AUBURN, Ala. — When Deshaun Davis was ejected for targeting against Vanderbilt on Saturday, a less-experienced linebacker would have to take his place.
What wasn’t as clear to the Auburn coaching staff and players following the 23-16 win was the exact meaning of the rule and how to navigate it as a defender.
“It’s getting hard to be able to coach what a good lick is,” coach Gus Malzahn said. “We’ve just got to keep coaching our guys and hopefully we’ll get better at it. It’s tough.”
Defensive coordinator Kevin Steele has changed how he’s taught tackling since he began coaching at Tennessee in 1980. In those days, he says, players “just tackled.”
“Now you’ve really got to spend time on it, and rightfully so, for the safety of the game,” Steele said. “The thing that’s very concerning is the head-to-head contact. That’s the primary, keep your eyes up and no head-to-head contact. There’s other things we teach, but that’s critical because that’s a huge safety issue.”
Davis’ ejection came about halfway through the first quarter when Vandy quarterback Kyle Shurmur attempted a pass to Kalija Lipscomb. Lipscomb missed the ball and was leveled by the Davis. It looked like Davis led with the crown of his helmet.
It was the second time an Auburn player was ejected for targeting this season. Linebacker Tre’ Williams was ejected for a brutal hit on LSU quarterback Danny Etling on Sept. 24.
Williams’ hit was helmet-to-helmet and left Etling bleeding and lying on the field for several minutes. That play more directly reflected the offseason rule change specifying sliding players were defenseless players.
The separate plays were puzzling to Auburn defenders.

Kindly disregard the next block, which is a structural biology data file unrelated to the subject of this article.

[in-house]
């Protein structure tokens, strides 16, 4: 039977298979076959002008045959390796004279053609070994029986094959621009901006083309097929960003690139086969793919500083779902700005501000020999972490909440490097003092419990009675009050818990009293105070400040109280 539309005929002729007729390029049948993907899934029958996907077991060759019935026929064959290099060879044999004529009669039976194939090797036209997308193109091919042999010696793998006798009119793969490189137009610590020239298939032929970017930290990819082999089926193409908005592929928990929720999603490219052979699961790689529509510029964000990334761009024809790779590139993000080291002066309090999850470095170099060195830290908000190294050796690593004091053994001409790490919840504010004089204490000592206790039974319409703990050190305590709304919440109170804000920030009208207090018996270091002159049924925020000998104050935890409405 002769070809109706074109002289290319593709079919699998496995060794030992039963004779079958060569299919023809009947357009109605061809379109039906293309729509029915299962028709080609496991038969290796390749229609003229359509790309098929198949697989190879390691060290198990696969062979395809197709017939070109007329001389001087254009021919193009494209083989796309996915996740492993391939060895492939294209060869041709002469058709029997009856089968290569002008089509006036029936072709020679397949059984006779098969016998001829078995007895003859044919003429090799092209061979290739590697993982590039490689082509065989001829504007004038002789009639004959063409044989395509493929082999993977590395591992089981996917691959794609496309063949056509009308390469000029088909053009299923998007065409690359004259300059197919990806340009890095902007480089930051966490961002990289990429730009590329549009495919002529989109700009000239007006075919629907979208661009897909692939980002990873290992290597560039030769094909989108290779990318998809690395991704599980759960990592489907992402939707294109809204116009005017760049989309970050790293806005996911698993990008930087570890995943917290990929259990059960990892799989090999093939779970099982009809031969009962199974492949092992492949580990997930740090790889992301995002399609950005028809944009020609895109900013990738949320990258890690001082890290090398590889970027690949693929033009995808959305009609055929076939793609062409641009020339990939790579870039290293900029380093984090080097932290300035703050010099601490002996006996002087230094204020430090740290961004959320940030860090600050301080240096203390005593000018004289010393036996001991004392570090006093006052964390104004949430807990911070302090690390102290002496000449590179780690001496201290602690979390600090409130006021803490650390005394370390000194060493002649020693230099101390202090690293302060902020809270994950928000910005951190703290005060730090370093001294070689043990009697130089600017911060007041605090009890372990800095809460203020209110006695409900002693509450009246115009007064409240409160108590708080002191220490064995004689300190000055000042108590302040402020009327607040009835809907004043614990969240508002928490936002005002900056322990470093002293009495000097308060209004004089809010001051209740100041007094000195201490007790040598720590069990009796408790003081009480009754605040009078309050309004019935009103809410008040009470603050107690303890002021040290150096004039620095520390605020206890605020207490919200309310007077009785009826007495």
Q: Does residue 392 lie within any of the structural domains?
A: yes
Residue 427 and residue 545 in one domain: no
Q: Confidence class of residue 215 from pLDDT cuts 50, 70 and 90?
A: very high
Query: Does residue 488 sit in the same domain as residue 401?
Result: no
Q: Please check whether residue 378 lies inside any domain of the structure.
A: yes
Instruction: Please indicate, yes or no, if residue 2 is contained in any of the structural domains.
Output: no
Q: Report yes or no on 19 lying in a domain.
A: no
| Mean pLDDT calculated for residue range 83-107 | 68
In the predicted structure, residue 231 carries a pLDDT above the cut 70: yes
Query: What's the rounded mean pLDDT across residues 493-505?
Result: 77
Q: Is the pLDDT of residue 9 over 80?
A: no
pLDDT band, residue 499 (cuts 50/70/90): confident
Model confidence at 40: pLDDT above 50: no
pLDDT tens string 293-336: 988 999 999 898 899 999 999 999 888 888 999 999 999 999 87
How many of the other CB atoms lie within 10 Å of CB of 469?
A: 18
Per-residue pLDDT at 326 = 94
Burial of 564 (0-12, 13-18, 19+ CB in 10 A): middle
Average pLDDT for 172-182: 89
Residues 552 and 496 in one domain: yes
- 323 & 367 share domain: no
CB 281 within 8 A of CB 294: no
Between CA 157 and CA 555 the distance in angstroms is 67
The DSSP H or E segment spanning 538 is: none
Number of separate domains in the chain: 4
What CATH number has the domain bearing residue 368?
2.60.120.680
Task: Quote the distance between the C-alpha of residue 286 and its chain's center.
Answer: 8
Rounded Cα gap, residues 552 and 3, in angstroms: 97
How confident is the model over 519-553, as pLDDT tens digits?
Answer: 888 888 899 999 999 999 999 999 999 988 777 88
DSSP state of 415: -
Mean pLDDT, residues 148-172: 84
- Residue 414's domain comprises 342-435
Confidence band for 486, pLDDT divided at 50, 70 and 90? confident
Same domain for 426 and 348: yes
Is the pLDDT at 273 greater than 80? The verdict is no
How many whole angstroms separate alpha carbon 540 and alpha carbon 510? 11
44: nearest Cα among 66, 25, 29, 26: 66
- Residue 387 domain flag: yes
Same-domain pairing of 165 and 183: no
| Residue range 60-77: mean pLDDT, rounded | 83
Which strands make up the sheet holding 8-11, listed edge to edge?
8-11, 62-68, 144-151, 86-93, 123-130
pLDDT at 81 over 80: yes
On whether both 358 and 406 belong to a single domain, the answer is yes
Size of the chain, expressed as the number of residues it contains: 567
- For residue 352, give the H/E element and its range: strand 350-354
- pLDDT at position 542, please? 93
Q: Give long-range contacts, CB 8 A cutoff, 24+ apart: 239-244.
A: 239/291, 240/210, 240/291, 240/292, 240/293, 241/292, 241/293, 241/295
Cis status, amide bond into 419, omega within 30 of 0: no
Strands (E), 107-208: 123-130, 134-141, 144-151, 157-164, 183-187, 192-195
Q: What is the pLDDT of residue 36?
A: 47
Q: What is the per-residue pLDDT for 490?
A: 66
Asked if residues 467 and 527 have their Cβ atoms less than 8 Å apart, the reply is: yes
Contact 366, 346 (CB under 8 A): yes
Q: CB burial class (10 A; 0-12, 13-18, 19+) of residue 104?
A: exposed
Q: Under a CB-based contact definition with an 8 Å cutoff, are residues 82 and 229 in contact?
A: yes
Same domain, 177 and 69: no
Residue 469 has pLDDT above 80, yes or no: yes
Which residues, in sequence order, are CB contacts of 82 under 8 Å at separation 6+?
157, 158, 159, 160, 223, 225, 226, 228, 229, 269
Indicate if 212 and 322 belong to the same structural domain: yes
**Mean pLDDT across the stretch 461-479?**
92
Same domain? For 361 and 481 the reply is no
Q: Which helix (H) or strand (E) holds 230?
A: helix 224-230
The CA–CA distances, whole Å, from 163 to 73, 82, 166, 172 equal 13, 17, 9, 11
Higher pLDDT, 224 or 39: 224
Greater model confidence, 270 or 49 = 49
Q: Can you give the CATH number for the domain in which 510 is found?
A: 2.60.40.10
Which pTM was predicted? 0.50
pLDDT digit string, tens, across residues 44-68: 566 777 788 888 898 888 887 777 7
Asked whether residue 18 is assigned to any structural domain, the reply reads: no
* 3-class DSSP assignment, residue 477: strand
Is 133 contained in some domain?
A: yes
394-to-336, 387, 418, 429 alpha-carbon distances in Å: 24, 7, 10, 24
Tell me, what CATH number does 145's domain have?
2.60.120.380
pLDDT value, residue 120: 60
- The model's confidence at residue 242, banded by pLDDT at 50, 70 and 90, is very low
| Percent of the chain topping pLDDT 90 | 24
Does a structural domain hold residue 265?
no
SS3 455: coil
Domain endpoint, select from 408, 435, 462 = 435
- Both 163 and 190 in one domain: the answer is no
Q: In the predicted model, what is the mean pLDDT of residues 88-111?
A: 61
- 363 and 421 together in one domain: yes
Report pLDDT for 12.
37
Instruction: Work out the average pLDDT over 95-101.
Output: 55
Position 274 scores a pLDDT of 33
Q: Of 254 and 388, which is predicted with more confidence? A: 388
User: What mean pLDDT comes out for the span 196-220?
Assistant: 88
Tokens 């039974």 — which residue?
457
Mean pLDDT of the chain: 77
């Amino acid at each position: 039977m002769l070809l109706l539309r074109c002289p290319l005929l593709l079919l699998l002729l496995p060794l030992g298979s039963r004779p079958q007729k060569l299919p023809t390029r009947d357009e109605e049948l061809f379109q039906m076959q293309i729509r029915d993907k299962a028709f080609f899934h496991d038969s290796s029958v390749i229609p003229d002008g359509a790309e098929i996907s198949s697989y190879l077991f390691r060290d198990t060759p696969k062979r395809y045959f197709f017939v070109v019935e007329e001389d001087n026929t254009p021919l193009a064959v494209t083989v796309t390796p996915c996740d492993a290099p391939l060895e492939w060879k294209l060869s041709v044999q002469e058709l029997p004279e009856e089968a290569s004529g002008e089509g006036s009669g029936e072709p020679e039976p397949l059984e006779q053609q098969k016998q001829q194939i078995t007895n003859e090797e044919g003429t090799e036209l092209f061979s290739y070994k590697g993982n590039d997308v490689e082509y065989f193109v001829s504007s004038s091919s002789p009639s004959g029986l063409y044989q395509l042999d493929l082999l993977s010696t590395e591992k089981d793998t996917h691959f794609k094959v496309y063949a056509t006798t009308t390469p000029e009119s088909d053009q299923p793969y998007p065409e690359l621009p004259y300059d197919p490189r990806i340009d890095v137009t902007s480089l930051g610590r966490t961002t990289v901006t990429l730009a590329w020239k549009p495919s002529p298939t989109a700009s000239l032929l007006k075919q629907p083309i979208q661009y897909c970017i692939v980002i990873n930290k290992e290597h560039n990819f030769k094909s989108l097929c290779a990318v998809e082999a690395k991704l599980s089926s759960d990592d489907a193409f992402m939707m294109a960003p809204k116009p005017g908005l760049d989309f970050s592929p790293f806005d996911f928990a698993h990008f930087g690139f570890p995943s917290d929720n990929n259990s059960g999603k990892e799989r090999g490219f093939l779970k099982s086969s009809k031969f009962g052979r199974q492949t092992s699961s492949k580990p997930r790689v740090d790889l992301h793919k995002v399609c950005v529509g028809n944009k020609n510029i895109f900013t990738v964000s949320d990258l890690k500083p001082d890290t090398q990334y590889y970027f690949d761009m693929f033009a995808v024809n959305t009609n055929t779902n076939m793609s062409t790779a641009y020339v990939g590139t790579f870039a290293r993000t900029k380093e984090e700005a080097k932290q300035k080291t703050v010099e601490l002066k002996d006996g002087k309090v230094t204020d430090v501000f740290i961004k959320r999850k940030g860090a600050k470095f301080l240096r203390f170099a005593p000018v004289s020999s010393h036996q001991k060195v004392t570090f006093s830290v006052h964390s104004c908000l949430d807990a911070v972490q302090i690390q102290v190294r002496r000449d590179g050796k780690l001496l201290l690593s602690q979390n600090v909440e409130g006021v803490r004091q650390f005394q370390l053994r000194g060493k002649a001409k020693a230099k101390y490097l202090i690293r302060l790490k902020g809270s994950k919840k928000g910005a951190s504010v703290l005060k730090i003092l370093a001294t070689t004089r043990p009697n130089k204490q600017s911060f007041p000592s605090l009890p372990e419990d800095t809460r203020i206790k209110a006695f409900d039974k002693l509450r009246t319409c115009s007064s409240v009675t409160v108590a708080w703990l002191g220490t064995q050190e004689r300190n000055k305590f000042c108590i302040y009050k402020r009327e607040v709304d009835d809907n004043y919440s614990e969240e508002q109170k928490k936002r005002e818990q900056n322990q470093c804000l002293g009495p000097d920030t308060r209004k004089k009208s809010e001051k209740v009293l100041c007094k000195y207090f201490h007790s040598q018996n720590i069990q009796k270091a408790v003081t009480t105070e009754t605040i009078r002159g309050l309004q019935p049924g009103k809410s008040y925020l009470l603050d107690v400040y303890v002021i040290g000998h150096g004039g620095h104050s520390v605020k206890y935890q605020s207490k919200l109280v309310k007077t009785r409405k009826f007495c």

“I don’t know what targeting is nowadays,” defensive back Tray Matthews said. “All I know is we have to hit low and if the officials feel like it’s targeting, it’s targeting. If it’s not, it’s not. We just have to continue playing football and playing physical and not thinking about any of that.”
Linebacker Darrell Williams stepped in at several positions Saturday in the absence of Davis and Tre’ Williams, who missed the game with an ankle injury.
The sophomore said even though correct technique is stressed, the rule is difficult to understand unless you’re the player in question. It’s also something players can’t focus on too much.
“Sometimes as a player, you’re not really thinking about tackling,” Darrell Williams said. “That’s why you practice it like it’s muscle memory. The coaches don’t want you to play slow, but at the same time, you have to play by the rules.”
Steele advises players to keep their eyes up when bringing down opponents and to understand what officials look for in determining targeting. After that, players just have to avert questionable hits as much as possible.
“You just have to avoid it,” Steele said. “Beyond that I’m not going to say anything, that’s above my pay grade. I’ll let someone who’s got a higher pay grade pay a higher fine than I would.”